Tag Archives: Drew Faust

Solar vs. fossil fuel stocks

Should Harvard President Drew Faust worry that “Significantly constraining investment options risks significantly constraining investment returns”? Actually, if Harvard has been wasting investments in oil and gas for the past year, its endowment has lost a bundle. Ditto VSU.

Let’s compare stock performance of Guggenheim Solar ETF (NYSE:TAN) which invests in solar stocks with the PowerShares DB Energy Fund (NYSEARCA:DBE), which invests in oil and natural gas companies. Yep, that’s 120% for TAN and 0% for DBE:

TAN solar v DBE oil and gas 1 year

Sure, if you go back farther, solar stocks continued to drop after 2009 until this year: Continue reading

Our investments are political –Divest Harvard to Drew Faust

Divest Harvard summed it up:

Our investments ARE political.

And that’s just as true at VSU.

Not even Tim DeChristopher put it more pithily than that. Samantha Caravello wrote in the Harvard Law Record 7 October 2013, Pres. Faust, There’s Nothing Neutral About Investing in Climate Wreckage, noting that Pres. Faust’s excuses were actually in response to “an invitation from undergraduates to participate in an open forum on divesting Harvard’s $32 billion endowment from the top 200 fossil fuel companies.”

President Faust warned against using the endowment in ways that would position the university as a political actor, claiming Continue reading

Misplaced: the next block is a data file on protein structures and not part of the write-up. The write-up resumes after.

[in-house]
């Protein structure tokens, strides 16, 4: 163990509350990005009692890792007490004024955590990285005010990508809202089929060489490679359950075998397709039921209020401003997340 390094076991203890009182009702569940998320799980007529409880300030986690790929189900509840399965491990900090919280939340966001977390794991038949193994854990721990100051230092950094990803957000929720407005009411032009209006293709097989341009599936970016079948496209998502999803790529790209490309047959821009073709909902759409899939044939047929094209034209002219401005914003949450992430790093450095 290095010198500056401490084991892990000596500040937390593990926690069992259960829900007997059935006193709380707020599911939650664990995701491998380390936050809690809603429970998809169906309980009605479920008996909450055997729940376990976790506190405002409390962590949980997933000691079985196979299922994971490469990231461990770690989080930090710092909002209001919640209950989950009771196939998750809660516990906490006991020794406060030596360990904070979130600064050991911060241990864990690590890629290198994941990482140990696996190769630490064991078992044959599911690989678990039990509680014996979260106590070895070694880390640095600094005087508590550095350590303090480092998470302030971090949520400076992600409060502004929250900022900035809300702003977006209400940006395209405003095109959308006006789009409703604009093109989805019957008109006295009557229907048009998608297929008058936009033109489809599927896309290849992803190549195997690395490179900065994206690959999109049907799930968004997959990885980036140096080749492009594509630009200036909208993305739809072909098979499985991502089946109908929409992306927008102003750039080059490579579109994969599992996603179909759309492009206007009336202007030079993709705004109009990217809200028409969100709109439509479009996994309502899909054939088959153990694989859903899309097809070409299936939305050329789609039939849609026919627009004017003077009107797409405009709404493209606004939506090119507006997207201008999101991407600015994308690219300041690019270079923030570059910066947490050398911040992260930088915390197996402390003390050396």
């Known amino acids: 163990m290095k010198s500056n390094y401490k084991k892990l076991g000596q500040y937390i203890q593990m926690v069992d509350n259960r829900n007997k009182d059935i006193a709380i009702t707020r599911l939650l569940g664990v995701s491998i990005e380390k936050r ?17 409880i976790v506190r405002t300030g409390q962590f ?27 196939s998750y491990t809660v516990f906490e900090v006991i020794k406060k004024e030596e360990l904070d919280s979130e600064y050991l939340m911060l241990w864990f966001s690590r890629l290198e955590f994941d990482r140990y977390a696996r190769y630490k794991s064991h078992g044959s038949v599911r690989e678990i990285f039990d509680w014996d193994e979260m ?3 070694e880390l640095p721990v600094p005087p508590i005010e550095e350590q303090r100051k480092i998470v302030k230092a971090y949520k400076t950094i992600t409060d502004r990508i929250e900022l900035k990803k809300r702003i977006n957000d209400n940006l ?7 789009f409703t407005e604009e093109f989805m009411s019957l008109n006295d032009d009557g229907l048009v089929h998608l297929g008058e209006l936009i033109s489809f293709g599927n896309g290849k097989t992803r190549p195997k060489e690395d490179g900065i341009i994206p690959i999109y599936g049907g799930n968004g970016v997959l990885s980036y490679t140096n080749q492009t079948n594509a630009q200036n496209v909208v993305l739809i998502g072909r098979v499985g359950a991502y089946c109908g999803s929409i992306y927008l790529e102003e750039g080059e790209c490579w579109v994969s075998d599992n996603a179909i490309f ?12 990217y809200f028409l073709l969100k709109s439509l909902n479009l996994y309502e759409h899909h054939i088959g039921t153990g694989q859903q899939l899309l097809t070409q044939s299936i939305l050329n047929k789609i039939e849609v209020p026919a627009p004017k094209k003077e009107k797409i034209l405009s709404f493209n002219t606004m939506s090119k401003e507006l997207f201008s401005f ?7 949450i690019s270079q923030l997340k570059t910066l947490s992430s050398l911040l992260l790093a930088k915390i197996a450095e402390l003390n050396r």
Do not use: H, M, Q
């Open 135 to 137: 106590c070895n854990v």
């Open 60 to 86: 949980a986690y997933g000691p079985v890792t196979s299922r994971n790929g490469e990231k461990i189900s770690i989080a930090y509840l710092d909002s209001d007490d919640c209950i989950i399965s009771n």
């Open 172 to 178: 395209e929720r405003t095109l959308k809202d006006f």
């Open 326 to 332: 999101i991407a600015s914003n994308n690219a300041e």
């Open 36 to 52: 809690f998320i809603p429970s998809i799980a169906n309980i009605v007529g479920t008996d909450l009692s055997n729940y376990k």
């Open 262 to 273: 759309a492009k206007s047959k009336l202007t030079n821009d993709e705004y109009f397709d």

Divestment is about undermining the political power of the fossil fuel industry –Tim DeChristopher

Answering Harvard President Drew Faust’s excuses,

Tim DeChristopher, who went to jail for directly opposing gas and oil drilling and is now a student at Harvard Divinity School,

To seriously suggest that any research will solve the climate crisis while we continue to allow the fossil fuel industry to maintain a stranglehold on our democracy is profoundly naive.

Wen Stephenson wrote for the Nation 4 October 2013, Tim DeChristopher: There Is No ‘Neutral’ in the Climate Fight, including DeChristopher’s statement:

Drew Faust seeks a position of neutrality in a struggle where the powerful only ask that people like her remain neutral. She says that Harvard’s endowment shouldn’t take a political position, and yet it invests in an industry that spends countless millions on corrupting our political system. In a world of corporate personhood, if she doesn’t want that money to be political, she should put it under her mattress. She has clearly forgotten the words of Paolo Freire: “Washing one’s hands of the conflict between the powerful and powerless means to side with the powerful, not to remain neutral.” Or as Howard Zinn put succinctly, “You can’t be neutral on a moving train.”

She touts Continue reading

Harvard excuses for not divesting from fossil fuels

Drew Faust wants us to believe Harvard can’t figure out how to power its own campus and vehicles on renewable solar, wind, wave, and tidal energy? Come on, pull the other one!